Don’t do that!

There are a thousand mistakes one can make during a job interview. Don’t make them! Especially these, which raise red flags for almost every interviewer.

Odds are an interviewer will ask you how you liked your last job and your last supervisor. Never respond with anything negative. The reason is that either you had a lousy boss, or you were the problem. Interviewers, unable to determine which is the case, can and do assume that someone who could not get along with their boss is the problem, and won’t get along with the new company either. You don’t have to lie, but avoid negative responses.

Stay calm and carry on. People who display stress – nervousness, furtive glances, uncomfortable in their chair – appear to be untrustworthy or perhaps just odd. Neither condition is an endorsement. Just remind yourself that this is like dating – you are exploring the possibility, not making a decision. And like dating, if you appear overly wrought, you likely won’t be asked out for a second date.

Most of all, if you do not know the answer to one of their questions, don’t fake it. Candidates do not realize how obvious this is. Being so obvious, contrived answers are a sign that you are willing to be dishonest, and nobody wants to hire dishonest people. Instead, be willing to admit that you do not know the answer, but that you would be happy to research it and get back to them.

Getting ready

Perhaps the most important thing to do before reporting for your interview is to be prepared.

Like a date you met online, you should know something about the potential match. I have had candidates who didn’t know anything about my company, our markets or how we were different than our competitors. This looked to my eyes like a general lack of interest in us, the relationship, or even working very hard (if you can’t be bothered to do some homework, why would I believe you would do real work). At a minimum your research should include understanding of the company, the products and the industry of the firm for which you are interviewing. If you know something about the specific markets and competitors, then you are guaranteed to impress.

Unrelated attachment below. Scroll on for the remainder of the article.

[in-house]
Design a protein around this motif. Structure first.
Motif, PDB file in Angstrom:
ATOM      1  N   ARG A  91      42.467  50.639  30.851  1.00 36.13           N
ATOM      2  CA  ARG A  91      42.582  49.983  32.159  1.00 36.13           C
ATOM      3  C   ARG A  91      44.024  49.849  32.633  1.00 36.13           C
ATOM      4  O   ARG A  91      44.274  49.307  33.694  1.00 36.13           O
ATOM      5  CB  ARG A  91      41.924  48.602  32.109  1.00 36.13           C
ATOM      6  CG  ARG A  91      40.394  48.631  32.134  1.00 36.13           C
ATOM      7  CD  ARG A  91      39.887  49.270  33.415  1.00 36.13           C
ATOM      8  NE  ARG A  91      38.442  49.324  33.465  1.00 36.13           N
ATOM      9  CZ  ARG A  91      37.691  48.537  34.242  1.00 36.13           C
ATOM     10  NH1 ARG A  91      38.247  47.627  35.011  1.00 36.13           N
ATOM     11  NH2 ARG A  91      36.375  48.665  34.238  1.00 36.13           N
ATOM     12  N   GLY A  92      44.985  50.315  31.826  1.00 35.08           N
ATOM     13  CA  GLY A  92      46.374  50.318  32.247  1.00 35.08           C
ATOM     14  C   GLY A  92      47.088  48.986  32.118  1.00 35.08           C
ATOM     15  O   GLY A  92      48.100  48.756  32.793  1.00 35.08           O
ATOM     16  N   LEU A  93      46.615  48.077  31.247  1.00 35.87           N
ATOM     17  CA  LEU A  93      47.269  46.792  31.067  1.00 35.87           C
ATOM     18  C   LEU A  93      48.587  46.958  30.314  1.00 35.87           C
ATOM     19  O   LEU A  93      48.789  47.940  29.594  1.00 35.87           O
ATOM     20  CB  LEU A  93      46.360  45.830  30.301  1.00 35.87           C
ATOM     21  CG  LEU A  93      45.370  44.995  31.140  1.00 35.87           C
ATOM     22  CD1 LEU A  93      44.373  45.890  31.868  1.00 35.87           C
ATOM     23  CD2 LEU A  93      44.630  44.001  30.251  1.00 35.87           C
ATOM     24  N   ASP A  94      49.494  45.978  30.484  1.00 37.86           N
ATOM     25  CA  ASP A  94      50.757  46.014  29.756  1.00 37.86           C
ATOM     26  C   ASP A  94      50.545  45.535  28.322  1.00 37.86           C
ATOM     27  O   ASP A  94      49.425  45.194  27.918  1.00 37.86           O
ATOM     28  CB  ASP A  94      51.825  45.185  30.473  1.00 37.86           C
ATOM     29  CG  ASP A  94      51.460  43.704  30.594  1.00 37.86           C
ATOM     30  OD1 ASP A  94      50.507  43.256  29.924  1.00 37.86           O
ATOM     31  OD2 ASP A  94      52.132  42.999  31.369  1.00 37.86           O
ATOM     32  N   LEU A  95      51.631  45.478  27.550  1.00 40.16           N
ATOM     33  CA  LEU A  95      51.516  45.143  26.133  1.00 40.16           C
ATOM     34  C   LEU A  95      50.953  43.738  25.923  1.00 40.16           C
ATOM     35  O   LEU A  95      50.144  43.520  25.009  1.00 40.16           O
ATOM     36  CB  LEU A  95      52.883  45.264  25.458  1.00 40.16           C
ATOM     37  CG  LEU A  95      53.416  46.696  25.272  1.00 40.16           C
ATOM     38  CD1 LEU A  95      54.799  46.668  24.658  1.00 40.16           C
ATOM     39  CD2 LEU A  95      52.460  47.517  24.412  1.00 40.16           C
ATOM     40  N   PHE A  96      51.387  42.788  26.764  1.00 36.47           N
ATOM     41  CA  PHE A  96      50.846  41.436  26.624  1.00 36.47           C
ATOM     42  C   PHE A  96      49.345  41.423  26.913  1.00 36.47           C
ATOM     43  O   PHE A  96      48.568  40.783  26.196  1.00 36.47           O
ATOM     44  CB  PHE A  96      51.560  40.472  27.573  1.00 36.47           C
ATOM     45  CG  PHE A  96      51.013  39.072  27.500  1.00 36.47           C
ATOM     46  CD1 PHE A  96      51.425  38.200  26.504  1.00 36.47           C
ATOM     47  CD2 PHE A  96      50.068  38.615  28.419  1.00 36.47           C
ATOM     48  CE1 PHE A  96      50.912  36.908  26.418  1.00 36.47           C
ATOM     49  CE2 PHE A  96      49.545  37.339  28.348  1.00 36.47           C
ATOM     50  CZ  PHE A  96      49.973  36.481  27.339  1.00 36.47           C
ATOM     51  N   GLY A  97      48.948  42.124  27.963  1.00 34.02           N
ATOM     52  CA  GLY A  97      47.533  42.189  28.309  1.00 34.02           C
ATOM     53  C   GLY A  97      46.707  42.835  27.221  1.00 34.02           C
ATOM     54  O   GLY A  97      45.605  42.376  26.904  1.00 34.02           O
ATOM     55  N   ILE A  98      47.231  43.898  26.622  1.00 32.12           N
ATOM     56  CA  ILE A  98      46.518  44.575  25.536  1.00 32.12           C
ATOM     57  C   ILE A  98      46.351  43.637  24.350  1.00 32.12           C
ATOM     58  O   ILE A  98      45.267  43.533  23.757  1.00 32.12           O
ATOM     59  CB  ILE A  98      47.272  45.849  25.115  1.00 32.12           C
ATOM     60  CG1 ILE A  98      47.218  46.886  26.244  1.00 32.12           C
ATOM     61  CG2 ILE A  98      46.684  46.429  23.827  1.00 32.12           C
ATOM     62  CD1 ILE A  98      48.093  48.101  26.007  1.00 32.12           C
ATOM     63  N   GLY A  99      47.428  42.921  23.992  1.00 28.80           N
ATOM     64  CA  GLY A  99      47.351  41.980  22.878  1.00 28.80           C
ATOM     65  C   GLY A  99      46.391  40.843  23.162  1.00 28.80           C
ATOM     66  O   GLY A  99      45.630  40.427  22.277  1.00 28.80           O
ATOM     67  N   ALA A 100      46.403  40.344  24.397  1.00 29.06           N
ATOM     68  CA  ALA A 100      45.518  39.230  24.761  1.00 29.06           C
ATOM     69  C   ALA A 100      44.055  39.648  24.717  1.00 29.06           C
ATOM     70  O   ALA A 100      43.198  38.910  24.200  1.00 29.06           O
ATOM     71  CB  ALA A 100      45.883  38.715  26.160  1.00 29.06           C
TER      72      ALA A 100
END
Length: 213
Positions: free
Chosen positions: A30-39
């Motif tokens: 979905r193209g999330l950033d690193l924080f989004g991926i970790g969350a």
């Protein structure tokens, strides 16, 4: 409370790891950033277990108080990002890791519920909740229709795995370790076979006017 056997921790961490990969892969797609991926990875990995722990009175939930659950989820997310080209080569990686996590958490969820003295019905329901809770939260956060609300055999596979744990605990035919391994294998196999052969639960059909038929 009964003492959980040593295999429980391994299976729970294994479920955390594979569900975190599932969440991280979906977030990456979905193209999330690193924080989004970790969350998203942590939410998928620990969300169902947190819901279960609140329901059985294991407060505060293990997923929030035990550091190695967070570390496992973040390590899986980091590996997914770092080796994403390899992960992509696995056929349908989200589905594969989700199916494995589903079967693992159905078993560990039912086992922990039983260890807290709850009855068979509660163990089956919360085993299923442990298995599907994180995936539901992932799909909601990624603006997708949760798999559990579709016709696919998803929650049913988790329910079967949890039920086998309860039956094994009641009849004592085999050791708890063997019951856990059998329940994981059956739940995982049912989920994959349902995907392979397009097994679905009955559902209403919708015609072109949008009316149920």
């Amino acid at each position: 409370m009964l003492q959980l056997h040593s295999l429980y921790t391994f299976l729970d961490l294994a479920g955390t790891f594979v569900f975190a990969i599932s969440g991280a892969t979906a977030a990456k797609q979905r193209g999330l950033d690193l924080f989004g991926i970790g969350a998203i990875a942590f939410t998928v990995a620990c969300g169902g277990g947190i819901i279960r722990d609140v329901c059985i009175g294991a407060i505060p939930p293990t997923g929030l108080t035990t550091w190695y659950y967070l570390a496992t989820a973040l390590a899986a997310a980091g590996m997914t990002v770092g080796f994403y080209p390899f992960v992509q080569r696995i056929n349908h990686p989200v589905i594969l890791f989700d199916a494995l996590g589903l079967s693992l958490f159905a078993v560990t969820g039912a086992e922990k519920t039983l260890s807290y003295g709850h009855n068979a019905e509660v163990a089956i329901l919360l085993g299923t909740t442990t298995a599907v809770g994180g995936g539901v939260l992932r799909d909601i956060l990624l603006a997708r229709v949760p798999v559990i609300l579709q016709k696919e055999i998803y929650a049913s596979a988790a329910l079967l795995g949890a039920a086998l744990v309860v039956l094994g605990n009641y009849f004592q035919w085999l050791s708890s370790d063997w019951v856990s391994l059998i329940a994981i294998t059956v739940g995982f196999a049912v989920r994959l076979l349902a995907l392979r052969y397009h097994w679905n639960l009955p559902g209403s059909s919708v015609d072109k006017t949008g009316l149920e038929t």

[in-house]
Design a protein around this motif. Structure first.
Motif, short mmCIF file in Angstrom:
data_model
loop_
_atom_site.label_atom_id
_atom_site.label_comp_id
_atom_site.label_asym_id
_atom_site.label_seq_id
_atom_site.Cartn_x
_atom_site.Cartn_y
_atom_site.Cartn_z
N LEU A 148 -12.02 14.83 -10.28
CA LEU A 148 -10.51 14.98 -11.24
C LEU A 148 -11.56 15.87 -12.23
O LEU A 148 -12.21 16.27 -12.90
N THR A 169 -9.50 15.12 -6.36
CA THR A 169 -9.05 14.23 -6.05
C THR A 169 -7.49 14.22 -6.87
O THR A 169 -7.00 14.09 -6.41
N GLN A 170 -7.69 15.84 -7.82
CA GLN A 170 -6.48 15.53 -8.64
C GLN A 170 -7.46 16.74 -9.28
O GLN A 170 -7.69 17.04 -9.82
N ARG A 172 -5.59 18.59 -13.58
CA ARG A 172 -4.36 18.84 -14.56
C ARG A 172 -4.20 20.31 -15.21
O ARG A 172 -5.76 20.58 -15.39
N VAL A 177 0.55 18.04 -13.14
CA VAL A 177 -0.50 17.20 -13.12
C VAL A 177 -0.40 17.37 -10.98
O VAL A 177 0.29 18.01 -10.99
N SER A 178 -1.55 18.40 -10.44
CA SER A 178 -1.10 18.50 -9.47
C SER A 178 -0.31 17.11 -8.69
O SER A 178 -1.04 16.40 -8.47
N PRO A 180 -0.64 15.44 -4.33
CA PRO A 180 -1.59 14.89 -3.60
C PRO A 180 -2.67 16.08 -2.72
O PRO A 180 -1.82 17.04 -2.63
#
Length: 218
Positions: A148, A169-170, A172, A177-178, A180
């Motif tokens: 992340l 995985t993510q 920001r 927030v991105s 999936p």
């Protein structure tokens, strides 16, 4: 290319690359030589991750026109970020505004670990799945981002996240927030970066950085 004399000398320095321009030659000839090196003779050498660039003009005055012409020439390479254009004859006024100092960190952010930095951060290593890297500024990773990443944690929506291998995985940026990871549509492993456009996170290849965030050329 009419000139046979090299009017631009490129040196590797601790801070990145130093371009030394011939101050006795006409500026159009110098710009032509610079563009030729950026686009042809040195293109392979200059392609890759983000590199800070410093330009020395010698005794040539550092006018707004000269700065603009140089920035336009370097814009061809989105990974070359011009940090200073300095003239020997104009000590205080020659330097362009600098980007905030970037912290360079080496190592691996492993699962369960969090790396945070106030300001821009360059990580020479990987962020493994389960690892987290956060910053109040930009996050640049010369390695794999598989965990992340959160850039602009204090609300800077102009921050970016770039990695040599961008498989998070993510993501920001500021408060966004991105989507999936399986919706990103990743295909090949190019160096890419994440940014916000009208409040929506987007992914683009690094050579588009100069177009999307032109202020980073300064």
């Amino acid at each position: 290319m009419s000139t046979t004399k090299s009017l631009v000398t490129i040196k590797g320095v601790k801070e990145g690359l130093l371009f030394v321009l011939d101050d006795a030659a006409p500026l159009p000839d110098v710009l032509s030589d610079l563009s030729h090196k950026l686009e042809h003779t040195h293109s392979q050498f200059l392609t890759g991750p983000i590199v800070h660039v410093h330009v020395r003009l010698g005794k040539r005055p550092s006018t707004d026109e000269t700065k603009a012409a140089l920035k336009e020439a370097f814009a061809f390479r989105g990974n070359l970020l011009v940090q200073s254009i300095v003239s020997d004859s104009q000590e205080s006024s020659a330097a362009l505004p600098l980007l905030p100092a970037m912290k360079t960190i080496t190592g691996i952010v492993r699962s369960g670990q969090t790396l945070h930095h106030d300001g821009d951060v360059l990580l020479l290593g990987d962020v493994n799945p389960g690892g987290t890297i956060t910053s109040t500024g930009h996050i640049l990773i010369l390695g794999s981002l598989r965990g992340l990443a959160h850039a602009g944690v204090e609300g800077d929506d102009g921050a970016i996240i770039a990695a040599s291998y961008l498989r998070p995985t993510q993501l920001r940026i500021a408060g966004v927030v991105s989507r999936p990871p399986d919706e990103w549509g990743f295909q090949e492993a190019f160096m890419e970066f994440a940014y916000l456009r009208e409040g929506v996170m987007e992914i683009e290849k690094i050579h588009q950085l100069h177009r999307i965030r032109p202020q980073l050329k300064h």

Just as important as knowing the company is knowing the job. Read and re-read the job description until you either understand the role thoroughly or whatever questions remain in your mind are due to poorly worded passages in the job advertisement. Not knowing what is expected of you, and where you match the job’s criteria is a sign of incomplete involvement.

You should dress in accordance with the standards of that company and the role. Do not too dress to casual, or too much. Interviewing for a bare-metal engineering role has a different dress code than for a senior executive. Dressing one level above the job is good advice.

Do talk about compensation, but make it the last and the least mentioned topic. Compensation is part of the exchange, and nobody should be shy about discussing it. But to mention compensation or vacation early is an indicator that what you get from the deal is more important that what you contribute, and turns off every employer.

Do you take this company to be your …

Employees spend more time at the office than they do with their spouses (ignoring sleeping hours). Your work is one of the most intense and important relationships you have. Getting it right – both in making your choice as well as presenting yourself – will define how you spend 40 hours of each week. The interview is where this relationship is either cemented or abandoned. Do it as well as you would the first date with a potential mate.